Beyond Adversity

Enjoying Life After Adversity

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Using Sign Language to Request Help

2015-0708 Sign Language Interpreting

In what appears to be a press release, Tracy Ith of Microsoft tells us Microsoft Disability Answer Desk is now supporting American Sign Language.

The faulty dialog box that kept popping up on Melissa “echo” Greenlee’s laptop bugged her for years, so when she learned she could now get Microsoft technical help in American Sign Language, there was really no reason not to get it fixed.

Greenlee, a deaf entrepreneur and advocate, was among the first to use the new support feature for asking questions and getting assistance through Microsoft’s Disability Answer Desk. For “something as technical as computer trouble shooting, I need things as simple and clear as possible,” she says. “Being able to communicate in my primary language of ASL was like a breath of fresh air.”

The ASL support lets people who are Deaf or Hard of Hearing get assistance for using Microsoft products in general, as well as assistive technologies such as screen magnifiers, speech recognition software and their devices’ accessibility settings.

It’s available from 8:30 a.m. to 5:00 p.m. PT Monday through Friday, when people can reach an agent who speaks ASL as their primary language via a videophone. The support is currently offered in the US only, though the company is continuing to evaluate the need for potential expansion internationally.

According to Laura Greer, Microsoft senior business program manager, ASL support gives people who are most comfortable communicating through sign language “the opportunity to fix their technical issue with someone who speaks their own language.” Early feedback, she adds, has been positive.

Microsoft’s Disability Answer Desk is part of the company’s commitment to help people of all abilities achieve more. Since it was launched in early 2013, it has grown into a 24-hours-a-day, seven-days-a-week service that’s now available in 11 countries. ASL joins English, Spanish and French as the fourth language people can use when they’re looking for technical support.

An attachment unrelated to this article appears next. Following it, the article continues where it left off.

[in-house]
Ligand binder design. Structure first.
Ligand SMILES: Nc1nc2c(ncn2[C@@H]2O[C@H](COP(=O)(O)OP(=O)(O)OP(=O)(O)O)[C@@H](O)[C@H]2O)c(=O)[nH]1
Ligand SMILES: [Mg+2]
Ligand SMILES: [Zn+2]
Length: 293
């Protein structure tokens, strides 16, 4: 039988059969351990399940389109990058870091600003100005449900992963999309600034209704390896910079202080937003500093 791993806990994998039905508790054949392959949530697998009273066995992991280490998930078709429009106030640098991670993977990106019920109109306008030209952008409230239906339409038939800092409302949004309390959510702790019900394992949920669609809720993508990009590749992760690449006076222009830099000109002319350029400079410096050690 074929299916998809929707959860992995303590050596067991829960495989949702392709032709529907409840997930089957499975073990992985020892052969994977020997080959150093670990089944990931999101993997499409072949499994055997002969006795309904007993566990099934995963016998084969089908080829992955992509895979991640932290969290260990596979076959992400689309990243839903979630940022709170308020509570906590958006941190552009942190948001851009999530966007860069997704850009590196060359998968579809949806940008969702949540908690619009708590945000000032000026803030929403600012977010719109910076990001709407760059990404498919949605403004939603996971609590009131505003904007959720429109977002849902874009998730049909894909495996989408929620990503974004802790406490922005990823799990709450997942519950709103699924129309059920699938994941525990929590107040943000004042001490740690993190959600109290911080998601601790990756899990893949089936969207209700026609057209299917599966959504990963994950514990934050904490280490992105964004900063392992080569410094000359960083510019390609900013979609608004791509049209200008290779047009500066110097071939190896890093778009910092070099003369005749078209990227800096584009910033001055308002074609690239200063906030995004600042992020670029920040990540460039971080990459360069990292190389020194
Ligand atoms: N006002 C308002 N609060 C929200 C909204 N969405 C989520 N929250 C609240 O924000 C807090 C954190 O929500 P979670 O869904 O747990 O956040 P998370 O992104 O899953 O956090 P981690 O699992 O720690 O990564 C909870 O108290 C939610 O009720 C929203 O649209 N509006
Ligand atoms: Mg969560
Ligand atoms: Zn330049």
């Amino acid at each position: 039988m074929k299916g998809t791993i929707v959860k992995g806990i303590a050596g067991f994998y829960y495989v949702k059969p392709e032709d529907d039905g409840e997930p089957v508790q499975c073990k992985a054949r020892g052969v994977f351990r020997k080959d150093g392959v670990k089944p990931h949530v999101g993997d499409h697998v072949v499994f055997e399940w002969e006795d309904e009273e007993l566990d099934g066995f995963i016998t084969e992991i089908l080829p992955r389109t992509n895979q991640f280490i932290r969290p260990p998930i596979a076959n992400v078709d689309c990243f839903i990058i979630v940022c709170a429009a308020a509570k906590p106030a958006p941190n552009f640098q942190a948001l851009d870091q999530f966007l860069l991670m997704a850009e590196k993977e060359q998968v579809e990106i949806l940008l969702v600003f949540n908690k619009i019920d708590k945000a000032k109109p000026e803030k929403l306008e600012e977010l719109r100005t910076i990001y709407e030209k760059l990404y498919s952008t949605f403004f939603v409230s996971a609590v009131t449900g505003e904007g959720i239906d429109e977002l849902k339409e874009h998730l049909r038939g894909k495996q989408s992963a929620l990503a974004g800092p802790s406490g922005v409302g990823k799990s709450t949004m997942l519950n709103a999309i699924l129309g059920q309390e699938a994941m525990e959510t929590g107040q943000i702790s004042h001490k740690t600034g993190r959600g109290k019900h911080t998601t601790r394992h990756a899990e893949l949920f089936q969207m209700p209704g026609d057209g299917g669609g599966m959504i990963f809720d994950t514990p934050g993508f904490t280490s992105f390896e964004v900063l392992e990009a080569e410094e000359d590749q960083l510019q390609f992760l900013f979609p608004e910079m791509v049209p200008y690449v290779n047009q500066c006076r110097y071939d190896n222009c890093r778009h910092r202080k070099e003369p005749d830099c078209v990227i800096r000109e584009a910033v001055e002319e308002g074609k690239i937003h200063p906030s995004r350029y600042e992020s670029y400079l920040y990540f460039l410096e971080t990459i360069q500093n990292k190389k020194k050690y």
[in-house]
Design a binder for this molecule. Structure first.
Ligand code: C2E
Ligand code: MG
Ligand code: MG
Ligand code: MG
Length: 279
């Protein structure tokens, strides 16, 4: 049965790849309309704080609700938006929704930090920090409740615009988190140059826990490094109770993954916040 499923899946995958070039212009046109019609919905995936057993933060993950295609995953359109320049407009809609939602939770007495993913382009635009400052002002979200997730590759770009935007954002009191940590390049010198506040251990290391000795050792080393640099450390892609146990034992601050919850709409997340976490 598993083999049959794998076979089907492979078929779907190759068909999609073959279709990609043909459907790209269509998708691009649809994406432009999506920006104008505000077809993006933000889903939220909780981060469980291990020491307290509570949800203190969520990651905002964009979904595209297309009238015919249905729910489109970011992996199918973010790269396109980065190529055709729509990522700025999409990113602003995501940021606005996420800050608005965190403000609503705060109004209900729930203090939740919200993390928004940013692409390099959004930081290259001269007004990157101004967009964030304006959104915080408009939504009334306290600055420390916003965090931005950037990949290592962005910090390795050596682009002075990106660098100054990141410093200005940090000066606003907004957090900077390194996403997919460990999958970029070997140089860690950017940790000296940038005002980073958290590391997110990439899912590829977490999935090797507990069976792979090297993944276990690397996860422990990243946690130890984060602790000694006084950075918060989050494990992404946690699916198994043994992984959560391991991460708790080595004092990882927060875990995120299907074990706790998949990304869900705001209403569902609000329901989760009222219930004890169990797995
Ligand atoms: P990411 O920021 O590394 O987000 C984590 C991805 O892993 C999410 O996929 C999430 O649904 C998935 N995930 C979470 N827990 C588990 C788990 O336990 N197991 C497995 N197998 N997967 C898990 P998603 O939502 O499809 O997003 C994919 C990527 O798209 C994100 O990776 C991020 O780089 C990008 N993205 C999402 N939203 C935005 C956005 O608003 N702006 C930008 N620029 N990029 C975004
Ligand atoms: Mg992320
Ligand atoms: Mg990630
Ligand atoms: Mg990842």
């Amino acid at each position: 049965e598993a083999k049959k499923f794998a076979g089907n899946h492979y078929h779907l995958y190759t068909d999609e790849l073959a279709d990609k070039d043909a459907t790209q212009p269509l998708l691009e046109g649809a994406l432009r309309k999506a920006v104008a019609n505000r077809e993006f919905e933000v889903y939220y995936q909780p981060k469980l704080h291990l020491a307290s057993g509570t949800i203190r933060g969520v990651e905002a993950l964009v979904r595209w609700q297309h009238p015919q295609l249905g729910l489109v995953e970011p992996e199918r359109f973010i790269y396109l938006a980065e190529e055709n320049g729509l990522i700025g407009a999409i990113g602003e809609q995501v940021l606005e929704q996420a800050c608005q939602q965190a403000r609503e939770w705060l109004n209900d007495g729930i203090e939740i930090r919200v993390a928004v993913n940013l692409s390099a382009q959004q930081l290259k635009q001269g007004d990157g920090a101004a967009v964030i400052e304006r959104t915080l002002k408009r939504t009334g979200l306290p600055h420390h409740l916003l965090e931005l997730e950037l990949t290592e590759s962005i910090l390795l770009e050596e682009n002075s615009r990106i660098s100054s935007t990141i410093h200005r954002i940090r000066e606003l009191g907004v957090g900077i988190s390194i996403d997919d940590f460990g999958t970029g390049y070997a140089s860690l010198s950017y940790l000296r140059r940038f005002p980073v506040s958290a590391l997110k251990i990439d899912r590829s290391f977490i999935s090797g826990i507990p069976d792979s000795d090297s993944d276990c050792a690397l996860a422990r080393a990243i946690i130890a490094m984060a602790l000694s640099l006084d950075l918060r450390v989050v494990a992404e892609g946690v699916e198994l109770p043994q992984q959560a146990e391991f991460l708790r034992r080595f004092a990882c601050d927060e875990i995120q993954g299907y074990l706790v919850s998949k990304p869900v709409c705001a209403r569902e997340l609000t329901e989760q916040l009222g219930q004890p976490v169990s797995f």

You can learn more about the ASL support in this short video overview or by visiting the Disability Answer Desk.

Credits

Click here to read another Beyond Adversity post.

Thanks to Tracy Ith, Microsoft News Center staff, for sharing the information; Microsoft for including the Disability Answer Desk in its services; Google for helping me find the information; and all the other people who, directly or indirectly, made it possible for me to include the picture, video, and text in this post.

Scott
Even after brain surgeries, chemotherapy, and radiation treatments to eradicate his brain cancer, Scott continued to work; continued to study; and earned professional certifications from the Project Management Institute, American Society of Quality, and Stanford University School of Professional Development. How were all of these achievements possible at a time when Scott was struggling with the hurdles of brain injury? The answers are in this blog.


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**** About The Author ****

During the past 13 years, I have been diagnosed with cancer, brain injury, balance issues, stroke, ataxia, visual impairment, and auditory challenges. I have overcome significant adversity! I can explain how to overcome your challenges. I am a very active Toastmaster and a motivational speaker.